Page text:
There is no laughter in this book. Chronologically set before Burroughs renowned RUNNING WITH SCISSORS, this book chronicles his years 0-12, living with his two mentally ill parents. This book focuses on his father, and is very successful in creating a dark, gothic atmosphere. Living in a house in the forest, Burroughs's father is a threatening figure who smiles wrong, and wields an axe. Living in terror of him, Burroughs and his mother walk on eggshells, never knowing when he's going to snap and There is no laughter in this book. Chronologically set before Burroughs renowned RUNNING WITH SCISSORS, this book chronicles his years 0-12, living with his two mentally ill parents. This book focuses on his father, and is very successful in creating a dark, gothic atmosphere. Living in a house in the forest, Burroughs's father is a threatening figure who smiles wrong, and wields an axe. Living in terror of him, Burroughs and his mother walk on eggshells, never knowing when he's going to snap and decide to kill them both. Burroughs is at his best in this memoir when he describes the most dark, sinister events of his early childhood. Coming home from a week away with mom to find his beloved guinea pig dead in a cage full of filth - neglected by his father. Watching his dad chop wood with an axe and seeing him smile in that crazed way. Watching his older brother and father exchange blows until Augusten runs to the shed to fetch the rifle - handing it to his older brother and screaming at him to kill their father. Augusten, 9-years-old, fleeing through the woods, his feet bleeding, wondering if his dad is going to catch up to him - find him - murder him. Augusten laying in bed at night, fantasizing about how to kill his father and get him out of his and his mother's lives for good. Augusten crouched in the dark hallway, listening in horror as his dad rapes his mom. Augusten, trapped in a car with his father who is picking up speed and deliberately heading straight for a telephone pole. Augusten, waking up in the middle of the night to see his father standing silently at the foot of the bed, staring at him with burning eyes, while the family dog stands in the way, hackles raised, growling - ready to protect Augusten from the man that wants to kill him. When Augusten is not plunging us into this gothic horror story, his intermittent random thoughts are fluttering and scattered. He could choose to describe anything from the texture of tree bark to a day at school or a bizarre favorite childhood food. It's disjointed and takes away from the intense scariness presented elsewhere. However, I don't know how it would be avoidable - after all, he had to fill up the spaces with something and it would have been very difficult to write a non-fiction book that only stays in this dark, Stephen King's THE SHINING-type vein. Augusten's unexpected, unshakeable faith in God was interesting and very well-written. Believing that God is not some wish-granter, but instead someone who's helping guide Augusten into making good choices, I really enjoyed this clear, true view of a child's faith. God is with Augusten no matter where he goes or what happens, and Augusten - instead of praying for magical cures for his horrible life, only prays for God to do what is best. When this faith in God is shattered by his father - an atheist philosopher and former preacher - Augusten turns into a more dangerous individual. Knowing that only he can change his own life - that there is no God - makes him take action and forces him into becoming the creator of his own destiny. His father probably didn't intend for that little talk to forge Augusten into a powerful person who begins to plan exactly how he would kill his father if he had to. But that's exactly the effect it has. Burroughs also gives a page or so of explanation about why he chose to live and not kill himself. I really appreciated his views on why living is better than dying even when living in a hell like the one he was faced with. Burroughs dredges up the strength to survive, to get out and prove to himself and everyone else that he is not his father. In short, a harrowing and haunting memoir about the darkness in people's hearts. A story about a little boy trapped in a house with two psychotic parents and no way out except through death. Burroughs paints a clear picture of the persistent rot of mental illness that can infect everyone around it with fear and hatred. There's no question that instead of being some kind of supernatural evil, Burroughs's father is a very sick man who needs help. And this is the truest, scariest human evil of all - the kind of evil when a man thinks he's doing the best thing by killing his family and then himself.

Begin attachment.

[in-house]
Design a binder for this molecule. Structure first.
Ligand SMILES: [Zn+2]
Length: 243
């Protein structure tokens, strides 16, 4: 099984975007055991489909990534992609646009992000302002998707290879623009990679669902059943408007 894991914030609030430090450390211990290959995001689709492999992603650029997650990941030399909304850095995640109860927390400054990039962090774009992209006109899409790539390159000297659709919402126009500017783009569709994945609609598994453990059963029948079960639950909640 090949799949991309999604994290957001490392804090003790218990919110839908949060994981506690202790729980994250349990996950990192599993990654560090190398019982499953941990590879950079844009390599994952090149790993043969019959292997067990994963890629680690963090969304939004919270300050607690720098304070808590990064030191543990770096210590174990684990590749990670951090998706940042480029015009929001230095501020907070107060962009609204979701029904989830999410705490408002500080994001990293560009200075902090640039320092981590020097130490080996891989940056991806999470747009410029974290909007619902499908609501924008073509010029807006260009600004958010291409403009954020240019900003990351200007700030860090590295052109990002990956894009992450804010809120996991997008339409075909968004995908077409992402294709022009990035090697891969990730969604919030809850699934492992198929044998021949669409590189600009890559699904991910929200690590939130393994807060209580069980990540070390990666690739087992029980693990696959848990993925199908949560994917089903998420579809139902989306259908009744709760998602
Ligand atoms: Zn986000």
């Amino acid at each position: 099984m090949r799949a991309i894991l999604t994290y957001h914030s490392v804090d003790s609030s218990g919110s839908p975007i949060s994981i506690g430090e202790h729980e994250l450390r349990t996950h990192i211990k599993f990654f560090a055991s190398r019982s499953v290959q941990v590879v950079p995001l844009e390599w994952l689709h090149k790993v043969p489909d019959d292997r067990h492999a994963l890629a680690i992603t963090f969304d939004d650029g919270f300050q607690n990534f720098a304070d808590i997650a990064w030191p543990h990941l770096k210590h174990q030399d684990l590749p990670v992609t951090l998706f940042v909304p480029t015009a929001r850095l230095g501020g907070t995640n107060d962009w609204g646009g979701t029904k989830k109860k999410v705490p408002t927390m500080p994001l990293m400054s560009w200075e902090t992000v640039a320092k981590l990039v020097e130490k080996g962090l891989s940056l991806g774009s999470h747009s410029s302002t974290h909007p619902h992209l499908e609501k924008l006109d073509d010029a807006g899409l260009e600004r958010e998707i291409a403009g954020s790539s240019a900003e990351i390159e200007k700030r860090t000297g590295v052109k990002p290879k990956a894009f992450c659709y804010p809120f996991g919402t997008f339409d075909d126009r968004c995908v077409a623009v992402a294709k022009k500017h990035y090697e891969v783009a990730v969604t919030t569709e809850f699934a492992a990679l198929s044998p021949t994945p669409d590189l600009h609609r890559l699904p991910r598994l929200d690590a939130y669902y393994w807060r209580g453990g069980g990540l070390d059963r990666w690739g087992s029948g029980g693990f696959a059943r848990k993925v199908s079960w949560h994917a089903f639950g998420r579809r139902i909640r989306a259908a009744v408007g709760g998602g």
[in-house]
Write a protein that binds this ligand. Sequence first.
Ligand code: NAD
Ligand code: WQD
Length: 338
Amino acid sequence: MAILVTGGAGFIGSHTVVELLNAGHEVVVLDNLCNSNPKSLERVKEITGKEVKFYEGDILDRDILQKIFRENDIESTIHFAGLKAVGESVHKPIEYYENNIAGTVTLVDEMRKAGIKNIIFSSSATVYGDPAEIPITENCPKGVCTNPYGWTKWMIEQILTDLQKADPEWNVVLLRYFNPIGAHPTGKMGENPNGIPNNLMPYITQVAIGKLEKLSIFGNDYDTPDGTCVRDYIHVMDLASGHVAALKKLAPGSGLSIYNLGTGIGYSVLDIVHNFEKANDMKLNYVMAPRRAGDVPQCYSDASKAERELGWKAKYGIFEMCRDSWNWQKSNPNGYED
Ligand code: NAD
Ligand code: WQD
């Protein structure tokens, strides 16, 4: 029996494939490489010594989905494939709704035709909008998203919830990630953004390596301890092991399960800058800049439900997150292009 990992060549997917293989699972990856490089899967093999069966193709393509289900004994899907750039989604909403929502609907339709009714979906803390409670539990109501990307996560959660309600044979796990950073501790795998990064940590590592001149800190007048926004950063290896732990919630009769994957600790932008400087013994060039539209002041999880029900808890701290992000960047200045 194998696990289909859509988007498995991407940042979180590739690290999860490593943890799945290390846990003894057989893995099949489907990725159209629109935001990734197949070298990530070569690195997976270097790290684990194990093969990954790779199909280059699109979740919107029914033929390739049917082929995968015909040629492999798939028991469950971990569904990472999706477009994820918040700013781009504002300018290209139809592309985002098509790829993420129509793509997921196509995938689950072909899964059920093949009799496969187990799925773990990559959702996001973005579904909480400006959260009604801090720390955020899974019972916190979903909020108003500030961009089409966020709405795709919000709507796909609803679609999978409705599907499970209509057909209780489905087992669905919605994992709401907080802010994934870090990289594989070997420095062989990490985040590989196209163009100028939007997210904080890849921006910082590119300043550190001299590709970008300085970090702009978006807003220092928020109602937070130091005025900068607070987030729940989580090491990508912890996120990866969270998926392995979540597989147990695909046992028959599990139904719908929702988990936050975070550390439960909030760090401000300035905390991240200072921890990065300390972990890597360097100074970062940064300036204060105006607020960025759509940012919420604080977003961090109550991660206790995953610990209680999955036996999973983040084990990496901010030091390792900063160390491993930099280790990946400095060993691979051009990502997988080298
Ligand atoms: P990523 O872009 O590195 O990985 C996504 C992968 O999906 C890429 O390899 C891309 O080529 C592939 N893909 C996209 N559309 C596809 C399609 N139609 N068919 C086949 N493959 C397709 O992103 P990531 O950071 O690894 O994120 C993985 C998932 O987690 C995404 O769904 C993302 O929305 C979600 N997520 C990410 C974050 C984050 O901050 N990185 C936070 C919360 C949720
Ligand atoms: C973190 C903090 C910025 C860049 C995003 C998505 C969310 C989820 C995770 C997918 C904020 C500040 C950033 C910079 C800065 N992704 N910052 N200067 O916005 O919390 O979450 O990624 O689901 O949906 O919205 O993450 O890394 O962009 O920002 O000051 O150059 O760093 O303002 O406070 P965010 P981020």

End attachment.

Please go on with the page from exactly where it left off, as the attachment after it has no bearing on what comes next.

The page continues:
25. 4 out of 5